Then there was getting up off the chair. I was so determined to get this right that I kept refusing help and I actually managed to get up without breaking my teeth. I soon realised that it was like I had tiny rocking chairs on my feet, only instead of a squat and stable chair on top of the rockers, there was my large, perpendicular and unstable body up there. And due to the proportions and architecture of my body on a set of rockers, I soon found out that if I do not move continuously I would probably lose my balance. So I had to springingly pace about for ten minutes until class was ready to begin. Another member of class asked me why don’t I sit down until class starts, and as tempting as that was, I knew that if I sat down, getting up again would be such a gargantuan task that it was simply not worth the trouble.

We had to walk across the busy gym to get to the studio wearing these massive boots. It was alright for the others, they looked just fine, but there I was, wobbling about in the middle of a room full of uber fit men. I was actually walking with my hands outstretched to keep balance and one guy had to put down his weights to have a good old fashioned giggle. Good times, fun stuff.

And then the actual exercise began. To be honest, I was already exhausted from trying to wear the damn boots and the slight humiliation. The music started pumping and we began.

Oh Jesus. Did we begin. The BOUNCE BOUNCE BOUNCE BOUNCE of the springs against the parquet was deafening. It almost put me in a hypnotic trance. A lot of it is done on one leg at a time, like: left leg forward BOUNCE BOUNCE, right leg forward BOUNCE BOUNCE, left leg backward BOUNCE BOUNCE, right leg backward BOUNCE BOUNCE. This was impossible for me. Every time I tried to BOUNCE BOUNCE on one leg, I lost my footing and almost BOUNCE BOUNCED on my cranium. I could do the jumping jacks and twisty movements just fine. Other than that, I mostly jogged.

With all the bouncy movements, suddenly I began to feel nauseous. My stomach felt like it was in my throat and I wanted to retch. I had eaten a cereal bar more than an hour and a half before, so it was not that. Then the woman in front of me farted. It was all that jumping wrecking havoc on her bowels. It was smelly and deep. The whiff of drainage, rotten eggs and Doritos soared up my nostrils and triggered the wish to vomit so badly that I had to pause and move away. At the back of the class there are some metal bars to be able to lean against if you begin to feel like you might need CPR. Or fumigation.

Finally the end of the hour approached and we were able to take off our boots and do some stretching. By then I was so spent, that I did not even have the energy to lift my arms. Also, my legs were so sweaty that when I knelt down on the mat, I slipped and did a weird kneeling split and was so exhausted that I couldn’t be arsed to try and correct the obscene stance I had accidentally found myself in and kept doing the upper body stretching, a bit like an exhibitionist air-traffic controller.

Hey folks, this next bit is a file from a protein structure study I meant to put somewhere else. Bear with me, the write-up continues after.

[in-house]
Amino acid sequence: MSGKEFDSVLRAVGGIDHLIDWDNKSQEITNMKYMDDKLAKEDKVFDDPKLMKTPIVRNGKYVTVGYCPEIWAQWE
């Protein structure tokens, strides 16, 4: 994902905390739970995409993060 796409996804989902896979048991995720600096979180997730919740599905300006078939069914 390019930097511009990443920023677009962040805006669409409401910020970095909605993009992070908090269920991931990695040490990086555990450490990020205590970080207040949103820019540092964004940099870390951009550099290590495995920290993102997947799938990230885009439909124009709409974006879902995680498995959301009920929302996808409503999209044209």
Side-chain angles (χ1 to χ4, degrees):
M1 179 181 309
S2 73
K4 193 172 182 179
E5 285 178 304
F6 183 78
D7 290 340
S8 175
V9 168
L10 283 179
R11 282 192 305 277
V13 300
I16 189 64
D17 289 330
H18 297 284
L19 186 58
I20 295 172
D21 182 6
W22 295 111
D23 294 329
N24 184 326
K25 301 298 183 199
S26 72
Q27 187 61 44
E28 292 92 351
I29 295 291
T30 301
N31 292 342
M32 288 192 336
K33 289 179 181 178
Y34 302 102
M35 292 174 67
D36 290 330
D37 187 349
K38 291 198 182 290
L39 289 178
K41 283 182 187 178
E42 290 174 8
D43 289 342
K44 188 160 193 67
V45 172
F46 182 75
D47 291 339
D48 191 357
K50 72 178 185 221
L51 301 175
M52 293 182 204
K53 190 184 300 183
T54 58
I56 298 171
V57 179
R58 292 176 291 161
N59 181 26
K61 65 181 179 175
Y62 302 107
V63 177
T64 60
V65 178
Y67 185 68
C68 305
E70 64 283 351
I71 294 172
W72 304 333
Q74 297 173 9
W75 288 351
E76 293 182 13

The instructor was a real sweetheart. Really lovely. After class she told me to hang around so she could see how I did.

Instructor: so how was it?

TERRIBLE. AWFUL.

Me: Oh, great!

Instructor: would you like to come again?

HELLLL NO.

Me: ummm…maybe…

Instructor: was it tough?

DOES A BEAR SHIT IN THE WOODS?

Me: well, yeah but it is a great workout.

And that was that. I am not sure if I will ever do this one again, it’s a bit too tough even though I am convinced that it is very effective.

I think I’ll leave all things ‘kanga’-related to the marsupials.

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I don’t dance. I Zumba.

I cannot dance. I absolutely cannot dance. As some of you may know, I am a performer, mostly stand-up comedy now but whenever I would be in a play I would always have the fear of God in me if they wanted to end with a dance number. I would tell the director to put me in the back behind the tallest cast-member and pray that nobody would notice that my brain and my feet move at two totally different wavelengths.
So I really do not know what possessed me to try Zumba. I think it is precisely because I cannot dance and this kind of provides an unintimidating way to at least learn some choreography and shed a few kilos while I was at it.
So I walk into Zumba class and for once I am not the largest woman in the room. I see ladies of all shapes and sizes and all ages. I immediately feel encouraged. I begin to think ‘Ok, if Betty White over there can do this, so can I!’
 So the music starts and we begin to warm up. 

The instructor moves to the left.

I immediately go to the right and bump into the classmate next to me. 
The instructor moves her right hand and does this elegant wave thing.
I lift my left foot and kick an invisible football. And the poor classmate next to me.